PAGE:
Mundo and I happily crushing it at LS50.


Canyons 100k

Come May, and I'm at the start line of Canyons 100k in Foresthill, CA. This race was totally unplanned. I entered ultrarunnerpodcast.com's contest for a free entry and surprisingly won (big thanks Eric!!). My training hasn't been anywhere close to ideal for the first time in my five years of ultrarunning; I was kinda freaking out about SD100, so why not go on a really long run? No way I woulda done an overdistance run solo, so the race format, on the Western States course, with Jack Finn who I convinced to run with me, sounded like a great bad idea.

My life has felt out of control lately. Work is moving me around different offices which means I'm unorganized and commuting a ton. Trying to be social, make things align at work doing very different things including selling, climbing, and plant health care, and trying to train had me feeling like I was constantly spinning. Last Monday morning I showed up at work in San Fransisco and was told I was working a double shift with continuing night sprays from 8pm to 6am at Stanford all week. And I just signed up for a 100k. Alright. Don't know how I'm going to do this but I will. I used all these excuses frequently with those I talked to pre-race. "I haven't slept. I have a cold. I haven't been this unprepared in any of the 30ish ultras I've run. Blah blah blah."

The packet pickup lady flat told me, "shut up and stop planting excuses."

Wow, I needed to hear that. Stop planting excuses. I have a bad habit of doing that. Call it sandbagging or whatever. Rudy, who cares dude. Running is running. Go enjoy the day. You're in a beautiful place with beautiful people. You don't have to prove anything to anybody. Just run. You know how to do that.

I finished. The human body is amazing. The course was gnarly with almost 15,000 ft of gain and decent in 63 miles. The first 50k flew by. I kinda wanted to stop but wasn't feeling bad enough to stop; I just didn't really want to run another 50k. But the aid station folks were spectacular and I skidattled outta there. It got hot. 85 degrees? First hot day of 2015 for this yay-area kid. I fell, I hiked a lot, then popped in some disco tunes, took some caffeine, and caught back up to Jack. I didn't totally destroy myself as the only goal was to use the race as a training run, no racing. I finished amazed with myself that I pulled it out. Standing at the keg minutes after I finished, I blurry-eyed said "that just happened."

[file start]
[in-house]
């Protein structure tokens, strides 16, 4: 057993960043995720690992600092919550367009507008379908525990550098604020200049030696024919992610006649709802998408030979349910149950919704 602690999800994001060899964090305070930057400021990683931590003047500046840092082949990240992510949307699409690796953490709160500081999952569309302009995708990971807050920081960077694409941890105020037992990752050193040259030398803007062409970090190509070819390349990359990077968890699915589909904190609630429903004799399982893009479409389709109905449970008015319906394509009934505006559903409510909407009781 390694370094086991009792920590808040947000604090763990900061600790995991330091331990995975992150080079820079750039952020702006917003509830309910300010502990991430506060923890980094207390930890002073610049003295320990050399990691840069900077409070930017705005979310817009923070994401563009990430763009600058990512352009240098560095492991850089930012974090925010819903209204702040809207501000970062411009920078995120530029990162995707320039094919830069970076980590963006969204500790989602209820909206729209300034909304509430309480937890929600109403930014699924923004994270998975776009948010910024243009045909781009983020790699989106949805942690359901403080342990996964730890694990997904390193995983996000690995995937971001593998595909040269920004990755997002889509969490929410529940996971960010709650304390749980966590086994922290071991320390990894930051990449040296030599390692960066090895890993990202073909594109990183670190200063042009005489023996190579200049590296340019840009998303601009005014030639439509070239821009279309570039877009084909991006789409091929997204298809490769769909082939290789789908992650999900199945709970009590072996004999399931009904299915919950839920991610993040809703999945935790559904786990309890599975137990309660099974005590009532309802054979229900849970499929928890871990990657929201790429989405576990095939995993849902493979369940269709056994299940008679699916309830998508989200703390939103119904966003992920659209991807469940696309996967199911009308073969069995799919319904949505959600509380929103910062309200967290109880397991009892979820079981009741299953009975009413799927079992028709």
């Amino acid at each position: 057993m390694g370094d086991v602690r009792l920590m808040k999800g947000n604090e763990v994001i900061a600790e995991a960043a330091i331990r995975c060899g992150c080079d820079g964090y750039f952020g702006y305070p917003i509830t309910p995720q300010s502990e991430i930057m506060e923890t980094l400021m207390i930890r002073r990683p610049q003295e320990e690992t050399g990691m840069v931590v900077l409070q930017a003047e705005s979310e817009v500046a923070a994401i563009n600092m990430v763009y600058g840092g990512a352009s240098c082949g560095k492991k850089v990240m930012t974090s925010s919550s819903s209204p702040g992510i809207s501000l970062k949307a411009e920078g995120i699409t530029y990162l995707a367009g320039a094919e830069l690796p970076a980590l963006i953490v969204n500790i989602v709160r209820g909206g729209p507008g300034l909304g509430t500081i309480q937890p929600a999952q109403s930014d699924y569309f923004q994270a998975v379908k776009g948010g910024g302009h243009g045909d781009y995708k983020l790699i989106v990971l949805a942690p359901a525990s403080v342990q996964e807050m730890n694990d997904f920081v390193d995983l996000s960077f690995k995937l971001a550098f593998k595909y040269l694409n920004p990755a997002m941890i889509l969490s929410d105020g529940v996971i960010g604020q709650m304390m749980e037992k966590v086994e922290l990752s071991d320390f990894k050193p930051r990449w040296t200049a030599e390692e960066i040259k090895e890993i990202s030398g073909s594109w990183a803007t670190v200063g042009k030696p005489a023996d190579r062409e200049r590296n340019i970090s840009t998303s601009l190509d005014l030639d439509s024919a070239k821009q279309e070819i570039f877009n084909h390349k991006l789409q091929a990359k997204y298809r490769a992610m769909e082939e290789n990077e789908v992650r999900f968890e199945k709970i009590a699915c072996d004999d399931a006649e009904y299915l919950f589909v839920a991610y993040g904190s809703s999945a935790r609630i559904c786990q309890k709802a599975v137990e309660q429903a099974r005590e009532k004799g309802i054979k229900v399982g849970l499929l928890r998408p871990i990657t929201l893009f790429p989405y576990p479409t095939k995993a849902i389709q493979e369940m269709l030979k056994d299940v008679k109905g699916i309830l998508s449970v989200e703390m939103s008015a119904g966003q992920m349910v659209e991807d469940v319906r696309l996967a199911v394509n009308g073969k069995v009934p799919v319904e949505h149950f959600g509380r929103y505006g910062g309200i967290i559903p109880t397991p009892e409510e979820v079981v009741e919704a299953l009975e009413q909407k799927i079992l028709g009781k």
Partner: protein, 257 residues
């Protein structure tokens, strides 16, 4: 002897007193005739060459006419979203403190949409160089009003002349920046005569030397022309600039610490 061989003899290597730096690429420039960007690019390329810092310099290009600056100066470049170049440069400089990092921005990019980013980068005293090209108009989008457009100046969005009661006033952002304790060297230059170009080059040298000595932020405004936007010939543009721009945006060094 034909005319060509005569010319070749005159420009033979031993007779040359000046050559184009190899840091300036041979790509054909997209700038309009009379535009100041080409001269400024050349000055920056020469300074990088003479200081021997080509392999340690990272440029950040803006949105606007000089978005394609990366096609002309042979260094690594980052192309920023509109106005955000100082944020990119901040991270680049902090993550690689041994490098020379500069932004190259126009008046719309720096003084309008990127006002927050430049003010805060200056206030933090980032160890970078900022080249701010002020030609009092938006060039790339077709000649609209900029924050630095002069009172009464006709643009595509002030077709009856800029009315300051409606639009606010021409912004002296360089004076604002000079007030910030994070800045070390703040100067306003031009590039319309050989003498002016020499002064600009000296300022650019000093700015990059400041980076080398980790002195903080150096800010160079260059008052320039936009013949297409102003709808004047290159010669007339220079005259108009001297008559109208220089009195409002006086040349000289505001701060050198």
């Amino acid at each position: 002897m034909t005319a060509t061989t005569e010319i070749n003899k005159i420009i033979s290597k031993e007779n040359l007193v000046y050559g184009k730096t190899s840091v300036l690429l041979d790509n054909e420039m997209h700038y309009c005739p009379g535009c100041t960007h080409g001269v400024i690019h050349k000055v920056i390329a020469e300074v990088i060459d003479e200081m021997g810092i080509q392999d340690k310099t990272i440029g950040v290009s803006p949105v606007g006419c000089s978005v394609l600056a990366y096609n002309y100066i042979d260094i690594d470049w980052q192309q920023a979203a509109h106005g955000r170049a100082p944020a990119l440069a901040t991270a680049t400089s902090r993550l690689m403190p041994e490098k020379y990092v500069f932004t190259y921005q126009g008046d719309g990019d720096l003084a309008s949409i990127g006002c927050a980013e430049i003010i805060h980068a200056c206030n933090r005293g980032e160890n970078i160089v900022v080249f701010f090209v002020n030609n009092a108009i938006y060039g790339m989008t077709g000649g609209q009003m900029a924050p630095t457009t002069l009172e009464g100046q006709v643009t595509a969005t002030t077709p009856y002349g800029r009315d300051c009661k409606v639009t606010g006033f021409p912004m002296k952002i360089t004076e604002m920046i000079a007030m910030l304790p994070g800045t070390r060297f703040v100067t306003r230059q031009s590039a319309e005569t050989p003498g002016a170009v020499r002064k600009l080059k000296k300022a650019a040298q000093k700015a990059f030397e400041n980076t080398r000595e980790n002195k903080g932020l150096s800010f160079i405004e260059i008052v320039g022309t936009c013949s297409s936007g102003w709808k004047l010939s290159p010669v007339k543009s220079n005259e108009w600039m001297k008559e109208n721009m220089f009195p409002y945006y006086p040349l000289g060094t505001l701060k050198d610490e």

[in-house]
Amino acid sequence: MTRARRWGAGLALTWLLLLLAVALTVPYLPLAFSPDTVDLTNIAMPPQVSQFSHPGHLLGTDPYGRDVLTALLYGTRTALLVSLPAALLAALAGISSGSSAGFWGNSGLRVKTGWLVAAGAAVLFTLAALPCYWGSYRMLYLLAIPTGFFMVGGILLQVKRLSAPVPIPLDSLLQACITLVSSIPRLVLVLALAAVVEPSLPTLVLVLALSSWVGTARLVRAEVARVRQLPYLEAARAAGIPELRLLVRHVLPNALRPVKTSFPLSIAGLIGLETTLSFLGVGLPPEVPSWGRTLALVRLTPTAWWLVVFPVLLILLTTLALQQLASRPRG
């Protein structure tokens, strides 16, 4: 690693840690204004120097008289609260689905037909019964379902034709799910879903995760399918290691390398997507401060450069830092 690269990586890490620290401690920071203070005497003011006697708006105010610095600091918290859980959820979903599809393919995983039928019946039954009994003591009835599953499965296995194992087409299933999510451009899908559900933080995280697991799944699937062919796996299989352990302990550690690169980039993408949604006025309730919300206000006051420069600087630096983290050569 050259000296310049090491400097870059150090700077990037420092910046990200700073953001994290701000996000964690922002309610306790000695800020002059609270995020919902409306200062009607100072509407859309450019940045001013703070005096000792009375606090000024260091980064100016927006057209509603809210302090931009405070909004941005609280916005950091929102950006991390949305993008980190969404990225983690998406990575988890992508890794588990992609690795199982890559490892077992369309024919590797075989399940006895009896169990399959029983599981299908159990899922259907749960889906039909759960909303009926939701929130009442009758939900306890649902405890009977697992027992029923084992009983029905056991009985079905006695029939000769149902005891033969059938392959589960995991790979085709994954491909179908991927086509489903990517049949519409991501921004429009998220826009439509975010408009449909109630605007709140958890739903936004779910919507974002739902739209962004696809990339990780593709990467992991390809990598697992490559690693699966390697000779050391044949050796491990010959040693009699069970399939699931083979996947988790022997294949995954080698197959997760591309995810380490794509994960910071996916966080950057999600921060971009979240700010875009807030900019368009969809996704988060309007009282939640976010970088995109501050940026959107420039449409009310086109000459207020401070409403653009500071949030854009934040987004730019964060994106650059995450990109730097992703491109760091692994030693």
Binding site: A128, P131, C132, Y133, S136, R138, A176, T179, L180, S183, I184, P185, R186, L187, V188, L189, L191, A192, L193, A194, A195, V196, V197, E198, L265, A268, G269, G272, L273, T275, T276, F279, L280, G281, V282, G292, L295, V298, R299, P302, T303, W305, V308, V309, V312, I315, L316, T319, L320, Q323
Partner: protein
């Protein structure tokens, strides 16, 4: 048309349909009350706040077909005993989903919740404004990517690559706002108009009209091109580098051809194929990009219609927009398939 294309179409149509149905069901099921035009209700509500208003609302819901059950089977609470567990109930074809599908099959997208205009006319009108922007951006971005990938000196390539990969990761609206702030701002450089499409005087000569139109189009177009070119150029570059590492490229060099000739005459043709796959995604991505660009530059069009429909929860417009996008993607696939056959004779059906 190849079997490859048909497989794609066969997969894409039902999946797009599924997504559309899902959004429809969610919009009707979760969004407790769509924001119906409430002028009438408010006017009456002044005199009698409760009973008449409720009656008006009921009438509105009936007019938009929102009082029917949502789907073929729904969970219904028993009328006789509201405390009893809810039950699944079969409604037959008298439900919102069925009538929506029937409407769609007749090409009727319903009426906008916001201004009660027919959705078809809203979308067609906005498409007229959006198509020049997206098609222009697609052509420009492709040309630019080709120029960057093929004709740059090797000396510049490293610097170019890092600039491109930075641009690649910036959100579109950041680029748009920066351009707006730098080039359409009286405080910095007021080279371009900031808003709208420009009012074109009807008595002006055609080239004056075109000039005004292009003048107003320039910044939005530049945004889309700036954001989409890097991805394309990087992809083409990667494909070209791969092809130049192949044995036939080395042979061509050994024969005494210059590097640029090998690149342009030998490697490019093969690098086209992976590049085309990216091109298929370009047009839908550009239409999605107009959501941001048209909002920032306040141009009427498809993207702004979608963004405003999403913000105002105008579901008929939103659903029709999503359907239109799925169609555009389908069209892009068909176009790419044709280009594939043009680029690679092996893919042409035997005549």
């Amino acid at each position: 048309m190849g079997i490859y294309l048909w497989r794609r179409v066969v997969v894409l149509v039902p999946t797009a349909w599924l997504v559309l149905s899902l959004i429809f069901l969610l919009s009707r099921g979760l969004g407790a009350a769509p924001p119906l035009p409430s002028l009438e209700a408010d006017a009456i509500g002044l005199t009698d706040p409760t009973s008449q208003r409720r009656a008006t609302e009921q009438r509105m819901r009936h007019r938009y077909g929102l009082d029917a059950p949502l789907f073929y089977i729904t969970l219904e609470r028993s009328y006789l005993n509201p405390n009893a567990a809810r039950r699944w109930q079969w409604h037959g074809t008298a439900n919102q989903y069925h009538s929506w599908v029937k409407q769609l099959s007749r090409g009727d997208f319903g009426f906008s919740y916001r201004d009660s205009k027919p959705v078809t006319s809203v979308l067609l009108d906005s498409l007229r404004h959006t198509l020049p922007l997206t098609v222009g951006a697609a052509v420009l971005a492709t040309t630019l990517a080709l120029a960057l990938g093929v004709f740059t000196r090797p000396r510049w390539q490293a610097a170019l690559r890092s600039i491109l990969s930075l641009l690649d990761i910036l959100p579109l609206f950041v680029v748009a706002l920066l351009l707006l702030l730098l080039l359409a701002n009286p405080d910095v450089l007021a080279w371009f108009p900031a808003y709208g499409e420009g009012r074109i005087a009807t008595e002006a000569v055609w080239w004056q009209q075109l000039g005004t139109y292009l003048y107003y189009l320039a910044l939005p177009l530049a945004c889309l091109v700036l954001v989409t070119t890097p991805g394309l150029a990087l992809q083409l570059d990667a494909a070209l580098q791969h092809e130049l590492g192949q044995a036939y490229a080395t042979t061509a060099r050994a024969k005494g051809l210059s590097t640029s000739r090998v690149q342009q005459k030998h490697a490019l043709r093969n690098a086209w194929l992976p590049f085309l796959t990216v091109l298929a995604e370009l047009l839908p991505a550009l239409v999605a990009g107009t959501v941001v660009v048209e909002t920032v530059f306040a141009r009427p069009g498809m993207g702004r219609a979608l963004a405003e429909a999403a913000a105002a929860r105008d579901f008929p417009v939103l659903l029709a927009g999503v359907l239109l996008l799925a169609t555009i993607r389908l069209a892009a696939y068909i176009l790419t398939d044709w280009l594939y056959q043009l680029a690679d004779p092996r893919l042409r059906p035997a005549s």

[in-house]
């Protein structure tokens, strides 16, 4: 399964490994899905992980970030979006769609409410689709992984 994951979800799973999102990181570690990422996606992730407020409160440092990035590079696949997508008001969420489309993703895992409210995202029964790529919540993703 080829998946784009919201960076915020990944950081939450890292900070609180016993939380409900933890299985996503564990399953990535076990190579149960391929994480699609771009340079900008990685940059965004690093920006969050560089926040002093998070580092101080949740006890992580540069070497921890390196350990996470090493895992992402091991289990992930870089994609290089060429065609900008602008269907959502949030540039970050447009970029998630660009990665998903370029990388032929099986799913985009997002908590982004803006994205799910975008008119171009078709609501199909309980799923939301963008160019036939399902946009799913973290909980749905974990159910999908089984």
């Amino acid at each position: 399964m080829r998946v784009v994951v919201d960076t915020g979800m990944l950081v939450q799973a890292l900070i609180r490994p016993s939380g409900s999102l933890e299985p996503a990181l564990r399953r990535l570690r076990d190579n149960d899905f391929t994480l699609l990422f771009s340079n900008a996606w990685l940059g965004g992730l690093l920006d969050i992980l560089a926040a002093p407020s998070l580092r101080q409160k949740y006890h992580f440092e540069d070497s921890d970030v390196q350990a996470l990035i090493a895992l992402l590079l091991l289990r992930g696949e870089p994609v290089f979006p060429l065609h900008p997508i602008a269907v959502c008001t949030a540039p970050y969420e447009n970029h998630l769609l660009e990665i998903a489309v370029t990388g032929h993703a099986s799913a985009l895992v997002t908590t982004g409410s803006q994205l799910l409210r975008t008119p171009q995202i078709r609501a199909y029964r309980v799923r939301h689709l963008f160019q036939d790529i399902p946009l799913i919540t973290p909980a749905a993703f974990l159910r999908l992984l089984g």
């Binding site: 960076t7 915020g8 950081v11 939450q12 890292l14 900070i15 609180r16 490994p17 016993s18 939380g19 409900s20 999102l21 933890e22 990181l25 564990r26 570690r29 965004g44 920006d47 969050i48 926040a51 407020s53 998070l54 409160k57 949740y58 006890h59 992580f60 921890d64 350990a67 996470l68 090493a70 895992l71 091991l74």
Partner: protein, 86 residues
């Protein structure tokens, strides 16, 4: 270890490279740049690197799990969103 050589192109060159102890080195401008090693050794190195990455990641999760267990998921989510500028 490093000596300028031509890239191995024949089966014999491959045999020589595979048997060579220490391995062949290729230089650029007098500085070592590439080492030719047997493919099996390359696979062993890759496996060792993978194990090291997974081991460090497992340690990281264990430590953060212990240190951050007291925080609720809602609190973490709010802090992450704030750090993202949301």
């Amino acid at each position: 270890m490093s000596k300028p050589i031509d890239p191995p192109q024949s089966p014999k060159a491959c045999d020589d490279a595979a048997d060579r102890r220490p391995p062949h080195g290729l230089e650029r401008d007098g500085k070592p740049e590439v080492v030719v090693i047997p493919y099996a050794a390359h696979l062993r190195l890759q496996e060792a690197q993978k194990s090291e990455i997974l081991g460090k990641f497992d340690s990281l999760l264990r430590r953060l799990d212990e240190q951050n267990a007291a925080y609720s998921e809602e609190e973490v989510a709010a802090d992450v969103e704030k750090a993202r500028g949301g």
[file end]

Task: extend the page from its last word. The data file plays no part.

Did it.


Take aways

I'm compelled to applaud the ultra community again. Everyone was happy! Doing what they love, the vibes exchanged were pure, warm, love.

Somewhere around mile 15 climbing out of a huge canyon, I felt strong. I felt content with myself and my body. My movement was efficient. I felt...sexy. Something I'd never felt during running. I felt like this is where and how I belong. I am strong. I am confident and happy. That was such a relief...Mundo and I during Lake Sonoma kept quoting Deon Sanders' "look good, play good, paid good, live good, eat good." We put our spin on it which became my motto of late: look good, feel good. And I did yesterday at Canyons. Not to be arrogant because I haven't been that confident in California, but I was yesterday, and that means a lot.



Coming into Cal2 aid station, mile 40ish, I started to ask "what's happening?" but realized mid sentence that that wouldn't sound too good, so I asked "what's happening to the next aid station?" I sat at that aid for five mins till Jack caught me and we walked outta the aid until he took off. Moral: be smart and don't ask dumb questions where volunteers would realized you're way out.

Jack and I spoke a lot about mileage this weekend. We've been high mileage guys, but haven't been in the past 8 months. We're inherently a bit disgruntled as high mileage is put on a pedestal, but we concluded that it is not necessary for good performances. A relief, I no longer feel the need to try (and fail) to bust out 100 miles a week with a busy, real life schedule. I'm not in college anymore. I can enjoy running and run well on 75 miles a week. Running is cool for plethora of reasons, but one is that it's always changing. My relationship with running is definitely changing. I'll gladly skip an 8 mile run to go climb a 200 ft sequoia.

Cheers :)


Sunday, March 8, 2015

Identity Crisis at Way Too Cool

I felt like I just finished Pine to Palm 100--low key happy but moreso relieved to be finished.